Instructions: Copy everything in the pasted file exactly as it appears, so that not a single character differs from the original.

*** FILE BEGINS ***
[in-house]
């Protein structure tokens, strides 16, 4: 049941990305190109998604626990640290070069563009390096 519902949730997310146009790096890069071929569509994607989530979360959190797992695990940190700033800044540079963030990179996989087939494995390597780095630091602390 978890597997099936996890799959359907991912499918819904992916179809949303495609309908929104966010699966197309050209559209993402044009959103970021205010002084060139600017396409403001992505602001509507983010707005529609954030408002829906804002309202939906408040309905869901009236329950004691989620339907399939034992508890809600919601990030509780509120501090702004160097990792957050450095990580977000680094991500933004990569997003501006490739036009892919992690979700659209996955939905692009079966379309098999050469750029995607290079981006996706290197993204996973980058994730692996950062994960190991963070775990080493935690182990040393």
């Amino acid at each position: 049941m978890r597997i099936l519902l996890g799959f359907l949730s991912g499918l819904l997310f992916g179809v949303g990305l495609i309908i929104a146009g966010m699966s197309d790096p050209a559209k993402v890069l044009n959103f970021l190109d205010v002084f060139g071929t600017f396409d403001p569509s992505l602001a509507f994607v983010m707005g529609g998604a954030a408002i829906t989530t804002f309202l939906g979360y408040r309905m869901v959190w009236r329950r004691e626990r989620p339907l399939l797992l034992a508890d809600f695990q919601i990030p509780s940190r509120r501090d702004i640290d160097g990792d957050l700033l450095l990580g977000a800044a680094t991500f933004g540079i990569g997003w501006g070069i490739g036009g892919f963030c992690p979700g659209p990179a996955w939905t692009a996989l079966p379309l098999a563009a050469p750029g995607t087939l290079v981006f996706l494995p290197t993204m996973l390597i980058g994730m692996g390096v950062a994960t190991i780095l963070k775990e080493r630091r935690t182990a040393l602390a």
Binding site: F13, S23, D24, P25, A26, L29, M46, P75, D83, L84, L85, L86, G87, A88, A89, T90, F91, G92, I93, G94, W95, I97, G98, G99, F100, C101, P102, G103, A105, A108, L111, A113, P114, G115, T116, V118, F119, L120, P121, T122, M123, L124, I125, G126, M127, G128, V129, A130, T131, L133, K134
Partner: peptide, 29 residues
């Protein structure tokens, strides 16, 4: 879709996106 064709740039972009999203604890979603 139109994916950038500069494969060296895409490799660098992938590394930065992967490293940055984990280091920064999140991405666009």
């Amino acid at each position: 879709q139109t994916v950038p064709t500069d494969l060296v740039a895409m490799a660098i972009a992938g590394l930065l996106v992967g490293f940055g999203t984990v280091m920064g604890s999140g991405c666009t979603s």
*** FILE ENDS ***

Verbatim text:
[in-house]
């Protein structure tokens, strides 16, 4: 049941990305190109998604626990640290070069563009390096 519902949730997310146009790096890069071929569509994607989530979360959190797992695990940190700033800044540079963030990179996989087939494995390597780095630091602390 978890597997099936996890799959359907991912499918819904992916179809949303495609309908929104966010699966197309050209559209993402044009959103970021205010002084060139600017396409403001992505602001509507983010707005529609954030408002829906804002309202939906408040309905869901009236329950004691989620339907399939034992508890809600919601990030509780509120501090702004160097990792957050450095990580977000680094991500933004990569997003501006490739036009892919992690979700659209996955939905692009079966379309098999050469750029995607290079981006996706290197993204996973980058994730692996950062994960190991963070775990080493935690182990040393």
């Amino acid at each position: 049941m978890r597997i099936l519902l996890g799959f359907l949730s991912g499918l819904l997310f992916g179809v949303g990305l495609i309908i929104a146009g966010m699966s197309d790096p050209a559209k993402v890069l044009n959103f970021l190109d205010v002084f060139g071929t600017f396409d403001p569509s992505l602001a509507f994607v983010m707005g529609g998604a954030a408002i829906t989530t804002f309202l939906g979360y408040r309905m869901v959190w009236r329950r004691e626990r989620p339907l399939l797992l034992a508890d809600f695990q919601i990030p509780s940190r509120r501090d702004i640290d160097g990792d957050l700033l450095l990580g977000a800044a680094t991500f933004g540079i990569g997003w501006g070069i490739g036009g892919f963030c992690p979700g659209p990179a996955w939905t692009a996989l079966p379309l098999a563009a050469p750029g995607t087939l290079v981006f996706l494995p290197t993204m996973l390597i980058g994730m692996g390096v950062a994960t190991i780095l963070k775990e080493r630091r935690t182990a040393l602390a």
Binding site: F13, S23, D24, P25, A26, L29, M46, P75, D83, L84, L85, L86, G87, A88, A89, T90, F91, G92, I93, G94, W95, I97, G98, G99, F100, C101, P102, G103, A105, A108, L111, A113, P114, G115, T116, V118, F119, L120, P121, T122, M123, L124, I125, G126, M127, G128, V129, A130, T131, L133, K134
Partner: peptide, 29 residues
């Protein structure tokens, strides 16, 4: 879709996106 064709740039972009999203604890979603 139109994916950038500069494969060296895409490799660098992938590394930065992967490293940055984990280091920064999140991405666009």
């Amino acid at each position: 879709q139109t994916v950038p064709t500069d494969l060296v740039a895409m490799a660098i972009a992938g590394l930065l996106v992967g490293f940055g999203t984990v280091m920064g604890s999140g991405c666009t979603s």